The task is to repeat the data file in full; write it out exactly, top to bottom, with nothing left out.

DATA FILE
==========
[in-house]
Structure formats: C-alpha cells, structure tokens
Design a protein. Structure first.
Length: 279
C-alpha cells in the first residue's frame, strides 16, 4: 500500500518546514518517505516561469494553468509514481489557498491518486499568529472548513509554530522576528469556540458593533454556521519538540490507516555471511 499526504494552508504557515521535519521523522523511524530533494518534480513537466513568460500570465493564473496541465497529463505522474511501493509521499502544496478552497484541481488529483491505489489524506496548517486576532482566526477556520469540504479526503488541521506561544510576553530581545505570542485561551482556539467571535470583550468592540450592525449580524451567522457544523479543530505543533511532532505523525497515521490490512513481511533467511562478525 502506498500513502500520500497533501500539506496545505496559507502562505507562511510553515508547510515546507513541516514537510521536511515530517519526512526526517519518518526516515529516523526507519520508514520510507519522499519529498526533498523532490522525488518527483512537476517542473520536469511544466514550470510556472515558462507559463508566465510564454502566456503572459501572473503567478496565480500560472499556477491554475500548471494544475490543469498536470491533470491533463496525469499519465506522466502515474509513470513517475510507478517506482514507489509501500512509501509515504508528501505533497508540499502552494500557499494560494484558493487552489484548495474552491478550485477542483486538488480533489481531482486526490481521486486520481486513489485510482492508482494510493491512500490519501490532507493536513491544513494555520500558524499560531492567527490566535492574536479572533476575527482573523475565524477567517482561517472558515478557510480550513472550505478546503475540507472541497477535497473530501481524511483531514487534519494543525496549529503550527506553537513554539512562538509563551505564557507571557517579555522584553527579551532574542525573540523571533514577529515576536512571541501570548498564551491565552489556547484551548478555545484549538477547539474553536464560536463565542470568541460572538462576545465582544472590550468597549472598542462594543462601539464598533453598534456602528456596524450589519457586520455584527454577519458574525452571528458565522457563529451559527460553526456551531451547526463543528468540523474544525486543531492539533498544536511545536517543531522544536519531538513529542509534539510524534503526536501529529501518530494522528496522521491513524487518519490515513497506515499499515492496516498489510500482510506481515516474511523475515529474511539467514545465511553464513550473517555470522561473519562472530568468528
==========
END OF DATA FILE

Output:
[in-house]
Structure formats: C-alpha cells, structure tokens
Design a protein. Structure first.
Length: 279
C-alpha cells in the first residue's frame, strides 16, 4: 500500500518546514518517505516561469494553468509514481489557498491518486499568529472548513509554530522576528469556540458593533454556521519538540490507516555471511 499526504494552508504557515521535519521523522523511524530533494518534480513537466513568460500570465493564473496541465497529463505522474511501493509521499502544496478552497484541481488529483491505489489524506496548517486576532482566526477556520469540504479526503488541521506561544510576553530581545505570542485561551482556539467571535470583550468592540450592525449580524451567522457544523479543530505543533511532532505523525497515521490490512513481511533467511562478525 502506498500513502500520500497533501500539506496545505496559507502562505507562511510553515508547510515546507513541516514537510521536511515530517519526512526526517519518518526516515529516523526507519520508514520510507519522499519529498526533498523532490522525488518527483512537476517542473520536469511544466514550470510556472515558462507559463508566465510564454502566456503572459501572473503567478496565480500560472499556477491554475500548471494544475490543469498536470491533470491533463496525469499519465506522466502515474509513470513517475510507478517506482514507489509501500512509501509515504508528501505533497508540499502552494500557499494560494484558493487552489484548495474552491478550485477542483486538488480533489481531482486526490481521486486520481486513489485510482492508482494510493491512500490519501490532507493536513491544513494555520500558524499560531492567527490566535492574536479572533476575527482573523475565524477567517482561517472558515478557510480550513472550505478546503475540507472541497477535497473530501481524511483531514487534519494543525496549529503550527506553537513554539512562538509563551505564557507571557517579555522584553527579551532574542525573540523571533514577529515576536512571541501570548498564551491565552489556547484551548478555545484549538477547539474553536464560536463565542470568541460572538462576545465582544472590550468597549472598542462594543462601539464598533453598534456602528456596524450589519457586520455584527454577519458574525452571528458565522457563529451559527460553526456551531451547526463543528468540523474544525486543531492539533498544536511545536517543531522544536519531538513529542509534539510524534503526536501529529501518530494522528496522521491513524487518519490515513497506515499499515492496516498489510500482510506481515516474511523475515529474511539467514545465511553464513550473517555470522561473519562472530568468528